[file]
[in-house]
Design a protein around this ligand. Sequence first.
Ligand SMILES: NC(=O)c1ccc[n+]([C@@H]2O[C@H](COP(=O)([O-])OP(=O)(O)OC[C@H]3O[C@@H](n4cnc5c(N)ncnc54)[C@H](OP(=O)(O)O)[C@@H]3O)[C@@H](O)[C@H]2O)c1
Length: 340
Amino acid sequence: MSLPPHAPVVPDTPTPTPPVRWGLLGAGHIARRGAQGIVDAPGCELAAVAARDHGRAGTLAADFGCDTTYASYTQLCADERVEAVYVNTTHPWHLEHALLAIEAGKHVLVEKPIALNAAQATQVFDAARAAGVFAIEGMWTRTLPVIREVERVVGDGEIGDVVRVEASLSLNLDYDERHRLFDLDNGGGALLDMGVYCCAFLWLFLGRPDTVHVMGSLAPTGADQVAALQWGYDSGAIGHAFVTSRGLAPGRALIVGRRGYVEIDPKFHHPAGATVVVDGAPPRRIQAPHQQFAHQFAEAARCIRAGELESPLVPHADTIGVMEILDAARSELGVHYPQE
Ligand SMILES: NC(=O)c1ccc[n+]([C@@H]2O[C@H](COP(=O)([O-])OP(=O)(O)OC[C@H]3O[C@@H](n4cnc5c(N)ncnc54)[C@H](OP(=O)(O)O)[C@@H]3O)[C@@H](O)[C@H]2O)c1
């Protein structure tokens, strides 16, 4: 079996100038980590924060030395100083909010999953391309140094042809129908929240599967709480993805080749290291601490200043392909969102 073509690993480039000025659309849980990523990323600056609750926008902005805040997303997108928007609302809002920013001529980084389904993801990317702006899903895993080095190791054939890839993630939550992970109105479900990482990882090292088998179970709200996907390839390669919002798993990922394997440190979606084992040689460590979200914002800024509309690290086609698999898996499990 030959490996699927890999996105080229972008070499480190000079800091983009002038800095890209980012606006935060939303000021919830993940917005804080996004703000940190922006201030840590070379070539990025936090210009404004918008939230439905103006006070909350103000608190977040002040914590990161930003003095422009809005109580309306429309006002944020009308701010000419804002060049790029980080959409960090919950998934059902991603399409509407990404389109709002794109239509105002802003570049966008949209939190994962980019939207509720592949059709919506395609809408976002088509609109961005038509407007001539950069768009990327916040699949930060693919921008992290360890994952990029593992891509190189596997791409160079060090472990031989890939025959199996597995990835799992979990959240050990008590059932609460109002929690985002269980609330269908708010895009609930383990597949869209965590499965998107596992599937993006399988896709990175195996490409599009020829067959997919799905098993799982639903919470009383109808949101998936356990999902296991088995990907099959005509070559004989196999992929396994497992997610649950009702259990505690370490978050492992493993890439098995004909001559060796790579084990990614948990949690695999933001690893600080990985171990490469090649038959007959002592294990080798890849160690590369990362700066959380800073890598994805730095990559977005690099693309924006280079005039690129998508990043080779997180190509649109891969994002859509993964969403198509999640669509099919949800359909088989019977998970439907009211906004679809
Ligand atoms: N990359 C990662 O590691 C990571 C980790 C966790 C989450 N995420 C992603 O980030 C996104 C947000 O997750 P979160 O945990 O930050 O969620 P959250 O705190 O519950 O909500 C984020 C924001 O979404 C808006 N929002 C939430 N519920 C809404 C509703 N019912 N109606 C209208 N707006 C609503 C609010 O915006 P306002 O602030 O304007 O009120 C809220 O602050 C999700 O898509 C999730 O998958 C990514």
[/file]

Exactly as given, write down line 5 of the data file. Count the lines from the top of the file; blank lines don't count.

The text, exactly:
Amino acid sequence: MSLPPHAPVVPDTPTPTPPVRWGLLGAGHIARRGAQGIVDAPGCELAAVAARDHGRAGTLAADFGCDTTYASYTQLCADERVEAVYVNTTHPWHLEHALLAIEAGKHVLVEKPIALNAAQATQVFDAARAAGVFAIEGMWTRTLPVIREVERVVGDGEIGDVVRVEASLSLNLDYDERHRLFDLDNGGGALLDMGVYCCAFLWLFLGRPDTVHVMGSLAPTGADQVAALQWGYDSGAIGHAFVTSRGLAPGRALIVGRRGYVEIDPKFHHPAGATVVVDGAPPRRIQAPHQQFAHQFAEAARCIRAGELESPLVPHADTIGVMEILDAARSELGVHYPQE